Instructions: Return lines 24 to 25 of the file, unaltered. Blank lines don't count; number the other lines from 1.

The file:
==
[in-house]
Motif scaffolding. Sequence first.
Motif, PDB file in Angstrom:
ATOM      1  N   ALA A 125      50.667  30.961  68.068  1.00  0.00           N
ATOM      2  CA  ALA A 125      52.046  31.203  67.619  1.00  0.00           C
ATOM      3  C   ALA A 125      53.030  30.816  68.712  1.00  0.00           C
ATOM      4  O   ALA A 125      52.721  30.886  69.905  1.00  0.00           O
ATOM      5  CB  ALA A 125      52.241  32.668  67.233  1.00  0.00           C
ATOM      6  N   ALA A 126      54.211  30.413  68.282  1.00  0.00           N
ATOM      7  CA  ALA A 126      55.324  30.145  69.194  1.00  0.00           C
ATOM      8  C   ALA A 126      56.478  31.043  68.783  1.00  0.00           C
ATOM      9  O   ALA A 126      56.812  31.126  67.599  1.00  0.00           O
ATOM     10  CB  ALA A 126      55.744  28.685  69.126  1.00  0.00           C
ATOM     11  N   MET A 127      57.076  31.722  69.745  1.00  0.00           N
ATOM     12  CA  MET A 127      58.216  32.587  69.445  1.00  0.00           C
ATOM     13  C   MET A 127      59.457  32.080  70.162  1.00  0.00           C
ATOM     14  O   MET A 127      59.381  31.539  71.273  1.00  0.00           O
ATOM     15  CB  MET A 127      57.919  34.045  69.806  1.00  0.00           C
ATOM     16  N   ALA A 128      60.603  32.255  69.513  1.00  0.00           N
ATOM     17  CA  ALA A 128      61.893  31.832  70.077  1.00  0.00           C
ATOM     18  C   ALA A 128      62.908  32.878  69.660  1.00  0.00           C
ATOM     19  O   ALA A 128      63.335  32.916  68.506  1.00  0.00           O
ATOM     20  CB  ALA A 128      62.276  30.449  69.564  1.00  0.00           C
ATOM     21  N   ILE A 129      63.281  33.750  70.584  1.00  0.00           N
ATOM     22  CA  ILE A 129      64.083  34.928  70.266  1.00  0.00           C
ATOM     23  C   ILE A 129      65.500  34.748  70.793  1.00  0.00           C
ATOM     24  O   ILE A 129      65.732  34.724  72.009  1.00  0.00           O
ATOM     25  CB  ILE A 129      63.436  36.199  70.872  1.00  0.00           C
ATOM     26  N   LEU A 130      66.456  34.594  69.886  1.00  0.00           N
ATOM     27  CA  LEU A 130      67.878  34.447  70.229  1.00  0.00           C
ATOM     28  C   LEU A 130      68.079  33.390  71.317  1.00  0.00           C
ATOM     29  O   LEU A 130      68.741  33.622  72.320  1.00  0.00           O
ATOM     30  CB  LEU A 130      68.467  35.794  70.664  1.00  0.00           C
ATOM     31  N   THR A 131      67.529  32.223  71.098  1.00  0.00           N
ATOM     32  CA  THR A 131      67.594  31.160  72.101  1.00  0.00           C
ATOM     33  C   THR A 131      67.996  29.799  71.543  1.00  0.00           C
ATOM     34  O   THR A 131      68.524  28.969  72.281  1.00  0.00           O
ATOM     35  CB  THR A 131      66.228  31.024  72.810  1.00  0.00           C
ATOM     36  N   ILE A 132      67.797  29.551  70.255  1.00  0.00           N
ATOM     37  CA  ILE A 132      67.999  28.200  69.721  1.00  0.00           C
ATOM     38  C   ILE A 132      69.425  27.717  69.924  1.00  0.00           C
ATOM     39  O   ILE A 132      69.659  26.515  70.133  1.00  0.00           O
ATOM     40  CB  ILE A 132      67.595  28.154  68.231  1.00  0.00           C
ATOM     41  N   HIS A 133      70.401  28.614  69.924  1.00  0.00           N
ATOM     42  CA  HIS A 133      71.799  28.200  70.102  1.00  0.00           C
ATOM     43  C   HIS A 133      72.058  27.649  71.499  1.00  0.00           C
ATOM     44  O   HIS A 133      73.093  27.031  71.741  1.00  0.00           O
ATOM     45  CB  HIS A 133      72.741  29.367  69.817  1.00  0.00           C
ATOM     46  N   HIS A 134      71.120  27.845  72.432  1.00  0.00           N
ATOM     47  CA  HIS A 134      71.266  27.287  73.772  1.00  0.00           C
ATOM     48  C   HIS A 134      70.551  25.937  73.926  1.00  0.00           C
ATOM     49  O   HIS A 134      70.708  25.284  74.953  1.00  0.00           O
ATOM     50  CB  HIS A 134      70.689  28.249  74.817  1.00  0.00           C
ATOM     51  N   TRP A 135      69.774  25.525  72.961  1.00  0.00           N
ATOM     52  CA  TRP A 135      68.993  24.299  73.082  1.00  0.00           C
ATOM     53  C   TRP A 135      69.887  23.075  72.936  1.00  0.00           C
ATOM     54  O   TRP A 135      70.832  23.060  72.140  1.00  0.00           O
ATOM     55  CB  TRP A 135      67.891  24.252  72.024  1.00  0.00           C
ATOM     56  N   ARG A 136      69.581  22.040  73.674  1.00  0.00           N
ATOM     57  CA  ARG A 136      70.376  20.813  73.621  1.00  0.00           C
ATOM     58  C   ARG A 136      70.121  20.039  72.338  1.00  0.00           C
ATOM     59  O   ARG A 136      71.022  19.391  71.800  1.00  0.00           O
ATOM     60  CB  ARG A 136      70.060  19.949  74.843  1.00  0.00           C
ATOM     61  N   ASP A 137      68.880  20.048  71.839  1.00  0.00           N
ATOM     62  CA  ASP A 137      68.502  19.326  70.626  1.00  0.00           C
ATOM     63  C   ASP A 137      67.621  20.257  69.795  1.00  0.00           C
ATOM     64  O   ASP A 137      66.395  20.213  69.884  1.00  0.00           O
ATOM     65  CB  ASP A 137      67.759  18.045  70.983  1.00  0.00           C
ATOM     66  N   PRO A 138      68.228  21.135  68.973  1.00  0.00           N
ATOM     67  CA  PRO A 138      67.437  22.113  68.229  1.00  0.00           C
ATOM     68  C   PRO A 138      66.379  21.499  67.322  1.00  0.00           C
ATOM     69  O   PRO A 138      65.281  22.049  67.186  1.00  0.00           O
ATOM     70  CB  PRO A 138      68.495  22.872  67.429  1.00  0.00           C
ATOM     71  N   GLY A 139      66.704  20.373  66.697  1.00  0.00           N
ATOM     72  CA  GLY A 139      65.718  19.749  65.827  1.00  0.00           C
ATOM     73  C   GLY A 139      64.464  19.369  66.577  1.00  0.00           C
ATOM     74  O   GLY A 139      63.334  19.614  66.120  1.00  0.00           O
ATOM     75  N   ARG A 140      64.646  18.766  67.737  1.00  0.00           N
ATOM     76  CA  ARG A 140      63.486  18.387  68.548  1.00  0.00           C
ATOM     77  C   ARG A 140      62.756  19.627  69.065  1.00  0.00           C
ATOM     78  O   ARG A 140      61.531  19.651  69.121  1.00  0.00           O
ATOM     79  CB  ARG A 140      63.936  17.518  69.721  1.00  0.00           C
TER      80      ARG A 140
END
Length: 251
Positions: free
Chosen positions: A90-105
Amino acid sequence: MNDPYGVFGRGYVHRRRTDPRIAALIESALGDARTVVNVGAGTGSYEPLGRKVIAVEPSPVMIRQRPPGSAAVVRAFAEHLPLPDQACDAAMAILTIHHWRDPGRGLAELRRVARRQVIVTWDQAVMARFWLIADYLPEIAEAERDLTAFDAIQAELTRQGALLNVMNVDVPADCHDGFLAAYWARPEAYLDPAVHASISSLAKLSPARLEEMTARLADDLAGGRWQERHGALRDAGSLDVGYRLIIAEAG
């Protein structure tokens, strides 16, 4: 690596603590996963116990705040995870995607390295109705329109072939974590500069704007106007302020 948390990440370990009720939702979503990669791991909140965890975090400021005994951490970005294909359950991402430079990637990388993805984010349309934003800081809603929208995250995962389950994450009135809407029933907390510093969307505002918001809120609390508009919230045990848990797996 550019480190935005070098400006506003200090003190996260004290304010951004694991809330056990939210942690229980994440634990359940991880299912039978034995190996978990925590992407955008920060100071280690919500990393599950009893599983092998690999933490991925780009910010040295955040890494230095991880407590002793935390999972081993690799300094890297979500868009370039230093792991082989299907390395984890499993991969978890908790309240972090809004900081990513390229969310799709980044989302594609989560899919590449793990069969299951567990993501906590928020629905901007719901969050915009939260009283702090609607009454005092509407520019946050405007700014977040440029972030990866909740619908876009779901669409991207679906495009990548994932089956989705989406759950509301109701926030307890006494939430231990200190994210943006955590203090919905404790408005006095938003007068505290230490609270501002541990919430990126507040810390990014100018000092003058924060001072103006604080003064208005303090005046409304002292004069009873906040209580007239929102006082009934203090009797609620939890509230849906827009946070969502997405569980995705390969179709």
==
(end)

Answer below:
ATOM     21  N   ILE A 129      63.281  33.750  70.584  1.00  0.00           N
ATOM     22  CA  ILE A 129      64.083  34.928  70.266  1.00  0.00           C